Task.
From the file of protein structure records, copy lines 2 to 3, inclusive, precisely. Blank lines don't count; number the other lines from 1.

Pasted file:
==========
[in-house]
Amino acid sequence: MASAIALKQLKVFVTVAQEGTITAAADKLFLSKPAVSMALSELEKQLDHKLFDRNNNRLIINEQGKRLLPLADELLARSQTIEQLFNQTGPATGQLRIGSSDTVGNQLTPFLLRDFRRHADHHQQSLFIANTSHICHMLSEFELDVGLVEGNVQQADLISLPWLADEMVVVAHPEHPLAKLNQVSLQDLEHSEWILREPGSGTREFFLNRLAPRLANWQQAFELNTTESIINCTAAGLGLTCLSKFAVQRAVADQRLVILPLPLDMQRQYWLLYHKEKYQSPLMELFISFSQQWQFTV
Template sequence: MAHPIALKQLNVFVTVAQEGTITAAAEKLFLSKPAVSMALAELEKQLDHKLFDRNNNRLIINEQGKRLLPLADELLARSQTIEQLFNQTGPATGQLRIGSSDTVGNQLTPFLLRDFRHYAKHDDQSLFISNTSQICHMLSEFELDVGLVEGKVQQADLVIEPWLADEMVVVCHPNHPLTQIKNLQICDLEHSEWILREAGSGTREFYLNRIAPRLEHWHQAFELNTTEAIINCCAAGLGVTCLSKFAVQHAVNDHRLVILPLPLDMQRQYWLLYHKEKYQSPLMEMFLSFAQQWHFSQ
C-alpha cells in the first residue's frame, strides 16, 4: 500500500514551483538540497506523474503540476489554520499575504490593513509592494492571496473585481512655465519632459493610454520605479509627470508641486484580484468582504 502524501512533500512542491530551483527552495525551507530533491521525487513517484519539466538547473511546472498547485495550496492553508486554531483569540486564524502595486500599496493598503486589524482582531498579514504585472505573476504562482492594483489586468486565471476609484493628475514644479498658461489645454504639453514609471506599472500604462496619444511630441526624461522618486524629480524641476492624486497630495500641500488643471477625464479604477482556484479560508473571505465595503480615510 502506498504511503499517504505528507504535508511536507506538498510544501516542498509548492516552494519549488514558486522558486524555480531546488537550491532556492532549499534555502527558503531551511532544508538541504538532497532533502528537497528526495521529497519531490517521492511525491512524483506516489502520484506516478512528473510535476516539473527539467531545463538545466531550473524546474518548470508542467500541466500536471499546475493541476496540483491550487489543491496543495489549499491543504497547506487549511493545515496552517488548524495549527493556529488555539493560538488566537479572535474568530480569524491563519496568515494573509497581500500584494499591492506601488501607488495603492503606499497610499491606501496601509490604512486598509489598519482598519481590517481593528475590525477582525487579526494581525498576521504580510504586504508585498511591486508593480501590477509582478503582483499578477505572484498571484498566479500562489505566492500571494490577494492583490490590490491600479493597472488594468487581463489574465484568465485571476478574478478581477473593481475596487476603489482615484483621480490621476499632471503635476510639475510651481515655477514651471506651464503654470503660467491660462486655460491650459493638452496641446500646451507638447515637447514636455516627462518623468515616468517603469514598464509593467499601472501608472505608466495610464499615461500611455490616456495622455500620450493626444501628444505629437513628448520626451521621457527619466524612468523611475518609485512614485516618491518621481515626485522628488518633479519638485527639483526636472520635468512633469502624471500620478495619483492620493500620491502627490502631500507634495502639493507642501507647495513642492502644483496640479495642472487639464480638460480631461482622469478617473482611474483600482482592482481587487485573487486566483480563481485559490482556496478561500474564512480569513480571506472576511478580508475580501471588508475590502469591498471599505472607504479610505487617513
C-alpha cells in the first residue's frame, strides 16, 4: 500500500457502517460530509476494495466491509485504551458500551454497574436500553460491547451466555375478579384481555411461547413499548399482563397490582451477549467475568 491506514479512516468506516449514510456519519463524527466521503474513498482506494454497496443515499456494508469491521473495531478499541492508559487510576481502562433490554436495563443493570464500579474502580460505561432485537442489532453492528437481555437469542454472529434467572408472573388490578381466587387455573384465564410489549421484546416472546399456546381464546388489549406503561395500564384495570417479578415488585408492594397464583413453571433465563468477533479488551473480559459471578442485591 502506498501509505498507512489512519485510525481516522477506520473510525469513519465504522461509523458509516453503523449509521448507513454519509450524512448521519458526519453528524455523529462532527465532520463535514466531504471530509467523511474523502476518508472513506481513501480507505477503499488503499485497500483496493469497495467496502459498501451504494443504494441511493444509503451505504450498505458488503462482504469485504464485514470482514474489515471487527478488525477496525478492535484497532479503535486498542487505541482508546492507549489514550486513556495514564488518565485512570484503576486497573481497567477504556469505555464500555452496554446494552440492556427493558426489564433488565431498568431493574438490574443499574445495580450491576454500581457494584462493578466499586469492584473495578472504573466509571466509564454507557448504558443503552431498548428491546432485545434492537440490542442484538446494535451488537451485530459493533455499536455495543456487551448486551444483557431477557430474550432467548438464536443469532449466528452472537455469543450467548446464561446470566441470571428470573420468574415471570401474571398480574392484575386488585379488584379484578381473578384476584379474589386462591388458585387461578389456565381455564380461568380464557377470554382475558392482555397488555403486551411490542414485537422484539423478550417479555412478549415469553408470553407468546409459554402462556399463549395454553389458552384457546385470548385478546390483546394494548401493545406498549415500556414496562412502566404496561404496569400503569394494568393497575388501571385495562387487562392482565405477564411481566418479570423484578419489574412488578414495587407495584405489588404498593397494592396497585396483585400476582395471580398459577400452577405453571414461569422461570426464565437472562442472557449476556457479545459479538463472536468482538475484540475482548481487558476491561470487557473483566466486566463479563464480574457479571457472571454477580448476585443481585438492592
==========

Amino acid sequence: MASAIALKQLKVFVTVAQEGTITAAADKLFLSKPAVSMALSELEKQLDHKLFDRNNNRLIINEQGKRLLPLADELLARSQTIEQLFNQTGPATGQLRIGSSDTVGNQLTPFLLRDFRRHADHHQQSLFIANTSHICHMLSEFELDVGLVEGNVQQADLISLPWLADEMVVVAHPEHPLAKLNQVSLQDLEHSEWILREPGSGTREFFLNRLAPRLANWQQAFELNTTESIINCTAAGLGLTCLSKFAVQRAVADQRLVILPLPLDMQRQYWLLYHKEKYQSPLMELFISFSQQWQFTV
Template sequence: MAHPIALKQLNVFVTVAQEGTITAAAEKLFLSKPAVSMALAELEKQLDHKLFDRNNNRLIINEQGKRLLPLADELLARSQTIEQLFNQTGPATGQLRIGSSDTVGNQLTPFLLRDFRHYAKHDDQSLFISNTSQICHMLSEFELDVGLVEGKVQQADLVIEPWLADEMVVVCHPNHPLTQIKNLQICDLEHSEWILREAGSGTREFYLNRIAPRLEHWHQAFELNTTEAIINCCAAGLGVTCLSKFAVQHAVNDHRLVILPLPLDMQRQYWLLYHKEKYQSPLMEMFLSFAQQWHFSQ